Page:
If you saw some clean changes = it's much more promising situation. It might be b/c of the pain or lack of forward as others said already. Also when horse will have an arthritis in his/her hind, she/he will start changing late more often with more pain, if horse had a tendency to change late from the get go. Like before he was able to do 70% of clean changes and now it’s getting harder and harder for him? But you'll be able to rule that out during the vet exam.

Clean changes have a phase of suspension, air jump. Horse needs to load up his/her hind end to jump up. With late changes, there is no jump and there is no air phase when all 4 legs are in the air. Late changes actually have a different architecture than a clean change. And yes, if the horse is not sound behind, he will avoid putting all of his weight there and push for a jump, so he would rather re-distribute his weight on all 4 legs: switch front first and then switch hind latter, thus avoiding the air phase and loading of the hind end. That is not easy to fix.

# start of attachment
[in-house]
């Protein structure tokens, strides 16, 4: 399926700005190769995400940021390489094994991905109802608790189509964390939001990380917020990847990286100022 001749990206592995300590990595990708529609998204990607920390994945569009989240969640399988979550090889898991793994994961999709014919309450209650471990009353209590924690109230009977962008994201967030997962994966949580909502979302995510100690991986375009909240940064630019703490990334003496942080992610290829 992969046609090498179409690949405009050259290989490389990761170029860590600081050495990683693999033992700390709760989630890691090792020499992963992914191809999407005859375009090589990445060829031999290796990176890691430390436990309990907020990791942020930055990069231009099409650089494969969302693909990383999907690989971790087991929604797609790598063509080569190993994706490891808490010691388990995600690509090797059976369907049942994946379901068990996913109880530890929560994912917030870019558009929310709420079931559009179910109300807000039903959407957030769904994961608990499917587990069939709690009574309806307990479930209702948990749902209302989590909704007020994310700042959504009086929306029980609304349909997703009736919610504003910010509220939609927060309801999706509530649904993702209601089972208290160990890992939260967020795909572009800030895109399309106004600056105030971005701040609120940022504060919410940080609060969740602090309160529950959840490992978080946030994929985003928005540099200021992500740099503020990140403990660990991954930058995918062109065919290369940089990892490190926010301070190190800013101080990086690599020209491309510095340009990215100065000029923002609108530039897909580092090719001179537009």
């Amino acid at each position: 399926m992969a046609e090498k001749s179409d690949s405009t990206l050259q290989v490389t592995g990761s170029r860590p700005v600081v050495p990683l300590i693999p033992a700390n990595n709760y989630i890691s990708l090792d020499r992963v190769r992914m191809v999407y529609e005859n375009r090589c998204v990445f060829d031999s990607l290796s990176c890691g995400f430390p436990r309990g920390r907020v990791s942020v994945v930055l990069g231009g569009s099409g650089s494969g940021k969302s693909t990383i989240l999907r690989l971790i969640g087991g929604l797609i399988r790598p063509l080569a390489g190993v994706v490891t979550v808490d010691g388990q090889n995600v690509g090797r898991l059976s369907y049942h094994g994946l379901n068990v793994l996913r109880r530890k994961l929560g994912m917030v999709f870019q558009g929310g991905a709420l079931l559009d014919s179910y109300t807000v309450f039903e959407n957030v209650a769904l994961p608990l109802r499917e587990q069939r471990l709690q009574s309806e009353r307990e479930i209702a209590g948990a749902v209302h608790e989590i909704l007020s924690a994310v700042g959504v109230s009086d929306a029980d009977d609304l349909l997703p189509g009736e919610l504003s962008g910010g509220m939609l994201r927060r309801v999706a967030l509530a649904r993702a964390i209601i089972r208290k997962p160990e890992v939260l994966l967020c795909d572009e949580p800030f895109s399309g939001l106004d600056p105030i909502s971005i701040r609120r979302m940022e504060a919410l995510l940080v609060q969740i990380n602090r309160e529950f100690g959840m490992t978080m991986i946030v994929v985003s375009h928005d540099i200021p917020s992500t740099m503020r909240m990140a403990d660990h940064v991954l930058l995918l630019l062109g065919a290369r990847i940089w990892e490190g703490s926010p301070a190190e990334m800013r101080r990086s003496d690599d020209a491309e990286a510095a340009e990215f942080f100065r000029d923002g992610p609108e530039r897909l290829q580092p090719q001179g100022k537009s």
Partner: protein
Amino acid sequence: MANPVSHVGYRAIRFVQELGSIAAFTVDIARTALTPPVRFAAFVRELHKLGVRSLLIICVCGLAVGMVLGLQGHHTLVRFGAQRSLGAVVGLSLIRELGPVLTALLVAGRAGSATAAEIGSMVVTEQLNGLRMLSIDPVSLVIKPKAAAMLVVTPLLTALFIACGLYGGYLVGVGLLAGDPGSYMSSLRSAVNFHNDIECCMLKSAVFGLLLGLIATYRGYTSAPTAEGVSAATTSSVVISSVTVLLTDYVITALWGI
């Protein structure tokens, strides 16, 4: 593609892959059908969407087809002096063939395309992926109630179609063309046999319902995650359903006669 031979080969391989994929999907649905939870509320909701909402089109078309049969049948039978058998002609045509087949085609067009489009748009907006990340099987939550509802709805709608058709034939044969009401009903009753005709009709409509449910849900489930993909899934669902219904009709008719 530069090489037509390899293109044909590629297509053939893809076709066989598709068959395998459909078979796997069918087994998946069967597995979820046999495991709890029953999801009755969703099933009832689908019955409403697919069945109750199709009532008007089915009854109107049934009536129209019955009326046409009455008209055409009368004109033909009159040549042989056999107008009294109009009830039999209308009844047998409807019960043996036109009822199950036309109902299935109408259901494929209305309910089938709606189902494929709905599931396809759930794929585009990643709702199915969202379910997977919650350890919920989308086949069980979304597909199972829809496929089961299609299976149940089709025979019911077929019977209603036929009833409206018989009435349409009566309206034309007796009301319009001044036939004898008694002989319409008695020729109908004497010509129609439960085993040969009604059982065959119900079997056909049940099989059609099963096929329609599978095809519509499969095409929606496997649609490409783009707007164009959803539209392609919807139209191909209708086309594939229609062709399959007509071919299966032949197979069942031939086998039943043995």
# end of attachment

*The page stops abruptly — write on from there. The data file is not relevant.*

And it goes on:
So when you are correcting late changes, you will have to teach or demand a horse to put all of his weight on the hind end and teach/demand him to clearly jump up in the air with a clear suspension phase. Sound behind and forward horse definitely helps, but I saw some that still will avoid the difficulty of the clean changes and will change late if they are tired or just know that they can get away with it. It’s a battle.